Kampala — With only one week in office, Uganda Investment Authority (UIA) executive director Jolly Kaguhangire has said the current state of affairs at UIA must change within her first 100 days.
"Our targets are so high for the end of the five years, according to the national development plan which is in line with our strategies. We cannot do things the same way," she said.
While speaking to journalists in a press conference at UIA headquarters in Kampala on Tuesday, Ms Kaguhangire cited target areas that will see Uganda transform into a top investment destination.
She said part of her strategy was to look into interests of Uganda, the needs of investors and look at UIA's internal capacity to take on a different approach to grow investment.
Top on her agenda is to ensure that industrial parks are functional. "Functional industrial parks covering four regions of the country will be developed by the end of four years, beginning with the completion of Kampala Industrial Business Park (KIBP) Namanve, Nakasongola and others," she said.
Boost in numbers
Uganda has nine industrial parks that are yet to be fully developed. However, Ms Kaguhangire said UIA's five-year plan is to have 22 operational industrial parks.
Talking to Daily Monitor last year, Private Sector Foundation Uganda (PSFU) executive director Gideon Badagawa wondered why the industrial parks project that has ability to transform the fortunes of this economy is still dragging years after it was proposed.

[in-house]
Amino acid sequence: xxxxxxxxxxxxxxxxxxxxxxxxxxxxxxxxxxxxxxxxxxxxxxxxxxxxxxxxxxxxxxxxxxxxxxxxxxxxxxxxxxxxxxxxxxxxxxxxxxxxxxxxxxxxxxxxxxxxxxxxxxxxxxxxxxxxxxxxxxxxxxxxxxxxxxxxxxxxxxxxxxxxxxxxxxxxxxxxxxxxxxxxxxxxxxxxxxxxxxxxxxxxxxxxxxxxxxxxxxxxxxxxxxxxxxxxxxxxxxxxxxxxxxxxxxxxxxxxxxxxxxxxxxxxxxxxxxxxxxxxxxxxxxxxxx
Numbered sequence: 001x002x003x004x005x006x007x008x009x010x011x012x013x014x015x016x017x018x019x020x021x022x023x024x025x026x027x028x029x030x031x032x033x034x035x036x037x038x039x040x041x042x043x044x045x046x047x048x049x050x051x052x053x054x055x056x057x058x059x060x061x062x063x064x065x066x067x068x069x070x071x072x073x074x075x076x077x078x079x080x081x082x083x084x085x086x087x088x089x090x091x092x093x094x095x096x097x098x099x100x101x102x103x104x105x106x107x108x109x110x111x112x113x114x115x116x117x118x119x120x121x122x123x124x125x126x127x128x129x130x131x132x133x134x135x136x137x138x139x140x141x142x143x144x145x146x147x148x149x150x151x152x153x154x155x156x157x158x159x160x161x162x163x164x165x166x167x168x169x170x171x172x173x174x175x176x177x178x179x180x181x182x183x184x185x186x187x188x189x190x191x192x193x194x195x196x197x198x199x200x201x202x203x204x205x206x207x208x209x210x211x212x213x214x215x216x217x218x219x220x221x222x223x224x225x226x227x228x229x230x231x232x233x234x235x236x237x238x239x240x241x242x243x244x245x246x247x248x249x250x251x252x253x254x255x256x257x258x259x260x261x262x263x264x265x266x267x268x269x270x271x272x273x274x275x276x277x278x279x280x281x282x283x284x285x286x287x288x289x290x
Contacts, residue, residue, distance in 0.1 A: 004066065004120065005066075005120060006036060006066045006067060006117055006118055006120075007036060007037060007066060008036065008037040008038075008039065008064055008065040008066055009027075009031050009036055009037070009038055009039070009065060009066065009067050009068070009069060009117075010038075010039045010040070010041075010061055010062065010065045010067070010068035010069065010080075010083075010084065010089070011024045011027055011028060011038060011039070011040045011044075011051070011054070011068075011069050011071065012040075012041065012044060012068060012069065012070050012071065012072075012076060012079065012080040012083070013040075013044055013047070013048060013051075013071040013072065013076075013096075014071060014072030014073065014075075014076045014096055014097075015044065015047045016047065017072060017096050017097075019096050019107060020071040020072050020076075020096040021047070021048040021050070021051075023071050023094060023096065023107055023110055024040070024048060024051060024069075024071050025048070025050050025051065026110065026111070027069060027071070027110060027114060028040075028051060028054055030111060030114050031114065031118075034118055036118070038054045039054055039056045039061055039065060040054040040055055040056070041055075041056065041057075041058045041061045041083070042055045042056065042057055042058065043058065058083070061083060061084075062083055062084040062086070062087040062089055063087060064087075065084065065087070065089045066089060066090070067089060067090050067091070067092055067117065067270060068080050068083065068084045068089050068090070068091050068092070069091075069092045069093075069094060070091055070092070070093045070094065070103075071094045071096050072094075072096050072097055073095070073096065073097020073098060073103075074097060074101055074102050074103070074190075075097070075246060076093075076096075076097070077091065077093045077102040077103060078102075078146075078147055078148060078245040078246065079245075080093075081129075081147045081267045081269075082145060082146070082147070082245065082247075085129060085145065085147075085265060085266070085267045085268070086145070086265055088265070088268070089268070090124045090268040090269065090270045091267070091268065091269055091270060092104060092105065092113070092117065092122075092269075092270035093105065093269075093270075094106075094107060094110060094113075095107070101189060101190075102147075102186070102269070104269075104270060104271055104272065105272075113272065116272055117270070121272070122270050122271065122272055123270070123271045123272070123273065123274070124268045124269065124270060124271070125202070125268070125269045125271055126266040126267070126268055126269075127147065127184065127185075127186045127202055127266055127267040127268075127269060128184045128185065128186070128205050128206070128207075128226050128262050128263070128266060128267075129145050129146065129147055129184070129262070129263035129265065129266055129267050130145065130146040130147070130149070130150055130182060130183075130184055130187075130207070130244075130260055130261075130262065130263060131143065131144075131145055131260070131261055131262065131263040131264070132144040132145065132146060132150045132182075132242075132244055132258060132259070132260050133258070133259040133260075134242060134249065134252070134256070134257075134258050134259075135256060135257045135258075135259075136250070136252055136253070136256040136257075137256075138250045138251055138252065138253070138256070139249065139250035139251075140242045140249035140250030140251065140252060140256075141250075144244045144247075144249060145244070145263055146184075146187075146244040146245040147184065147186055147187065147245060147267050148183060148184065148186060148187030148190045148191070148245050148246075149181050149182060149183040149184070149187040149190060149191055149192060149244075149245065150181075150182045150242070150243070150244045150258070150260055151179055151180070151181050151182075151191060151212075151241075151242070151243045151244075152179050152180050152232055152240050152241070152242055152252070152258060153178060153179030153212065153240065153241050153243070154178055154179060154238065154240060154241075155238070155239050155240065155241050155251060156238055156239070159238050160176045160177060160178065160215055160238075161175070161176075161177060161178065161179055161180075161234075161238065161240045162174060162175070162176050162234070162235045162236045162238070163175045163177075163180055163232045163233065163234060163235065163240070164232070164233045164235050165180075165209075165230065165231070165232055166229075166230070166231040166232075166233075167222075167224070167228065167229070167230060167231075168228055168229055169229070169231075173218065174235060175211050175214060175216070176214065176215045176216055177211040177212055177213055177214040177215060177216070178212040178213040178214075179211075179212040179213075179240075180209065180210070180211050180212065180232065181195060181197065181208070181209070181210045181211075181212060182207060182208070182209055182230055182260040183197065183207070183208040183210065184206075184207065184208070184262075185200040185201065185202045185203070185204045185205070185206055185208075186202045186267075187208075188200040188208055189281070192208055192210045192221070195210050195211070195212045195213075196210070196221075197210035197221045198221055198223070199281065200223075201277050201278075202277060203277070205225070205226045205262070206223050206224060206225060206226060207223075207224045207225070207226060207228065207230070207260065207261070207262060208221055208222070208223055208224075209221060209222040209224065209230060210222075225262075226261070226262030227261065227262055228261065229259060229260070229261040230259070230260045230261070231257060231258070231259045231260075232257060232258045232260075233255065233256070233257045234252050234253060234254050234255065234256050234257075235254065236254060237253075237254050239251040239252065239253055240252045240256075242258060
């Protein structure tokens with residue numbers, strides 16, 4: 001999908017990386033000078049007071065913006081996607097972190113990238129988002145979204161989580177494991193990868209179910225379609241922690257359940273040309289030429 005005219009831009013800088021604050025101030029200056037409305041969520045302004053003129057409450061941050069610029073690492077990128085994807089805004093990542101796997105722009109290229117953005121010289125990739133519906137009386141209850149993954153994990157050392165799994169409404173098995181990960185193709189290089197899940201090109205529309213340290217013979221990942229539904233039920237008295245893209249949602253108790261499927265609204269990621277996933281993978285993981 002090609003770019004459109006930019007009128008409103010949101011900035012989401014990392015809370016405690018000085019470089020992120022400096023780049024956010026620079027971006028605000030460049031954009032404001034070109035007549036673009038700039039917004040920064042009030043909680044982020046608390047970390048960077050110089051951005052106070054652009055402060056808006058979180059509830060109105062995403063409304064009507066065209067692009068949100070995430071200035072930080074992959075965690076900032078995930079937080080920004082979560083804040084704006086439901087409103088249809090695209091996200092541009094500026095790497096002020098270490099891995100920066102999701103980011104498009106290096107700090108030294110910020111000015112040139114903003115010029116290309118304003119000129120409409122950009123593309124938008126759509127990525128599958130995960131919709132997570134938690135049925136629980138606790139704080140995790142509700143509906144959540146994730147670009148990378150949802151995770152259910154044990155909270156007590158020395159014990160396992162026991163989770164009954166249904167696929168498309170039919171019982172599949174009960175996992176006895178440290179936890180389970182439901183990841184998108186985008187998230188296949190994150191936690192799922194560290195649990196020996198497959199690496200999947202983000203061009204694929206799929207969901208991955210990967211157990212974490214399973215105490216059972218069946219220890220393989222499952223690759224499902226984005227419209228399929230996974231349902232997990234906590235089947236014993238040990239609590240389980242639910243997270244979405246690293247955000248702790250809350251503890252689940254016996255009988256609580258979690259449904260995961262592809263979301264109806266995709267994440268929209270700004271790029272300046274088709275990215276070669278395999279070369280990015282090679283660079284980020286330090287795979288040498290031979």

He also said investors did not want to do business where the burden and cost of fixing social services are on their shoulders.
"We thought the industrial and business park where everything - power, water and railway lines, among other facilities, would be readily available. But this does not seem to be the case," he said.
At the time, UIA inspector of works Paul Echatu said only about four per cent of KIBP access roads were tarmacked. There was only one railway line. Power supply was not only irregular but also insufficient for the few businesses there. UIA data shows only 30 per cent have been connected, this being done on case by case basis.
Like power, only 30 per cent is connected to water. Concerning waste disposal facilities, the situation is even worse, considering that the cost of investments needed to fix it is more than the UIA annual budget.
Ms Kaguhangire explained that UIA's budget of up to Shs7.9b is limited to only covering UIA's operational costs. UIA would need up to Shs2 trillion, a budget that would ensure development of the industrial parks.
She wants to look into external forms of funding besides engaging ministry of finance to increase the budget.
Ms Kaguhangire says she intends to build investor confidence and strengthen processes at UIA. "Investor confidence cannot be built when you have poor services, delays in processes, we have to have professionalism in what we are doing," she said.
UIA is in the last stages of operationalising the one stop centre which should be functional at the end of June, according to Ms Kaguhangire. The move will boost ease of doing business by minimising delays suffered by investors.